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Wolf, M. (2007). Proust And The Squid

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In Proust and the Squid, Maryanne Wolf comprehensively discusses the history of reading, the process of learning to read, and difficulties that can exist within the reading brain. By citing a great deal of current brain research and drawing from her own experience as a professor and parent, Wolf makes a powerful case for the biological basis of reading difficulty and disability. In doing so, she may help lead the way into a new educational era in which students with reading difficulties are acknowledged for their strengths, not weaknesses, and reading disabilities are seen as learning differences rather than academic flaws.

Wolf begins her discussion about the reading brain by examining the process in which human beings first learned to read. Unlike other abilities like vision and language, reading is not a part of natural development. A great deal of brain automaticity and sensory integration is involved in reading as the brain must take in and process a large amount of information in an extremely short period of time. Though it took human beings over 2,000 years to first learn to read, children today are now expected to learn this complex skill in just 2,000 days. Learning to read by using the alphabet significantly changes the way the brain develops, and because they no longer have to memorize very much, individuals today have time for different types of thinking than their non-reading ancestors.

After discussing issues related to the historical development of literacy, Wolf considers the intricate processes that take place as children learn to read. She notes that learning to read occurs long before a child begins school, so children who come from vocabulary-poor households are often disadvantaged from the beginning. Wolf also thoroughly discusses each of the steps involved in reading and emphasizes that a reading problem can occur in any step. She explores brain images of people who are in different stages of reading development, speak different languages, and have different reading abilities.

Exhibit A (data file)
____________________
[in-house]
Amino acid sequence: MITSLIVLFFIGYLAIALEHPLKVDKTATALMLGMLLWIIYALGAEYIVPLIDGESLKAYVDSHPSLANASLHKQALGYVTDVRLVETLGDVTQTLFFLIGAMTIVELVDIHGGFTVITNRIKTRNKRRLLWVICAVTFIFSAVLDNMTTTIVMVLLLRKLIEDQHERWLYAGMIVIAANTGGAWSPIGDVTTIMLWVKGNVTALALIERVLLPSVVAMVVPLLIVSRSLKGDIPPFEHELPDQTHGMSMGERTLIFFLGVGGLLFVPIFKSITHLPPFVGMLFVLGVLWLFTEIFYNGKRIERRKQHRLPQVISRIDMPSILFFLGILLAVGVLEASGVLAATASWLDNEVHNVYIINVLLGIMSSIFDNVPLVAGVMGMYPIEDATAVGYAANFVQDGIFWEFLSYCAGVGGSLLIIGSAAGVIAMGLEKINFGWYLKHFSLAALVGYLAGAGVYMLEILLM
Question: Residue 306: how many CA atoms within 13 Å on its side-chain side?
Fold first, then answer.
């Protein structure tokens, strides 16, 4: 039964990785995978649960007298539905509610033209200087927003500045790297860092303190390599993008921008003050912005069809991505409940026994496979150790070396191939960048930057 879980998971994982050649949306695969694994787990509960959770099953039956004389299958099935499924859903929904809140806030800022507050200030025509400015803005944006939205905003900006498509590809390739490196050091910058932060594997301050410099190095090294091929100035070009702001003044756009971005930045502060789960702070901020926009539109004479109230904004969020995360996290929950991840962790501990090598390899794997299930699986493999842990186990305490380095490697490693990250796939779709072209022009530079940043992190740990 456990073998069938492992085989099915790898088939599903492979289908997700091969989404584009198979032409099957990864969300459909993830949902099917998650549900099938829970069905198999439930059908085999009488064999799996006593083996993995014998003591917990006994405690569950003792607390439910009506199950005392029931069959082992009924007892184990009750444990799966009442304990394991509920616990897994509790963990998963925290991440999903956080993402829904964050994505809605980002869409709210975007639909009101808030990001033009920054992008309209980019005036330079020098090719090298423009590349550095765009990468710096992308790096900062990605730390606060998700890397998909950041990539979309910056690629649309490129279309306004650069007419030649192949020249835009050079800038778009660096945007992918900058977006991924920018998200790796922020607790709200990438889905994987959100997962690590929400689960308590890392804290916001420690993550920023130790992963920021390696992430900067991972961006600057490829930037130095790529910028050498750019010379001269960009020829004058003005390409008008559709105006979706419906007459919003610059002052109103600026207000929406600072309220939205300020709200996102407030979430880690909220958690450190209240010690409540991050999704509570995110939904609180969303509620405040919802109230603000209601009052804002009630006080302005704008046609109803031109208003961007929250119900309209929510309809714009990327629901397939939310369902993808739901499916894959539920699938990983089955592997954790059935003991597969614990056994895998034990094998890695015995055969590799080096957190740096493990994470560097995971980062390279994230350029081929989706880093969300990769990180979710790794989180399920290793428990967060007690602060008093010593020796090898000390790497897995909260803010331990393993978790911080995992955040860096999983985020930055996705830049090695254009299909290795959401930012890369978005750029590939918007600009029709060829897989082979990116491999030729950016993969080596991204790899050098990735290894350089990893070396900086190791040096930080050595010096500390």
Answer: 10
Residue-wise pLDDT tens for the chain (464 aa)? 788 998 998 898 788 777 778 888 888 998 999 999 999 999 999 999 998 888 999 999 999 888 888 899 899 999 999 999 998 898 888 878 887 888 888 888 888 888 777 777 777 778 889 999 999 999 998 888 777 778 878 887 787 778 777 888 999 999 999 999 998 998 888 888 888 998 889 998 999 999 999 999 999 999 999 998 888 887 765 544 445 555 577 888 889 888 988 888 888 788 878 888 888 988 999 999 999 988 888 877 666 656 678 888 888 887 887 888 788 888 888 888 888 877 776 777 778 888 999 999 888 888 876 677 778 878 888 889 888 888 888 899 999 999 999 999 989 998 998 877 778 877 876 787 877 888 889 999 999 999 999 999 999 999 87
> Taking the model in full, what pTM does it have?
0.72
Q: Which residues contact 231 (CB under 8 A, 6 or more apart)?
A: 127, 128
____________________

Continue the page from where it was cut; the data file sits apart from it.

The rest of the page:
Wolf finishes Proust and the Squid by taking a look at the brain that has trouble learning to read. She begins by noting the numerous individuals who have dyslexia and have become leaders in their fields. Wolf argues that, because dyslexia has genetic properties, there must be positive aspects of it that have allowed the gene to survive. She also describes the different types of dyslexia and argues that students with different types need to be instructed in different ways.

Personal Thoughts

This book allowed me to remember and reflect upon my own childhood learning experiences, take a deeper look into the process of reading, and gain a better understanding of dyslexia. Because I easily learned to read as a child and have always loved reading, I never realized that learning to read is not a natural process. In her first sentence, Wolf states “We were never born to read,” (Wolf, 2007, p.3), and even among our book club’s group of well-educated individuals, it quickly became clear that everyone’s early reading experiences were different and many very intelligent members of our group had trouble learning to read. This experience made me realize that I need to take these early differences into consideration



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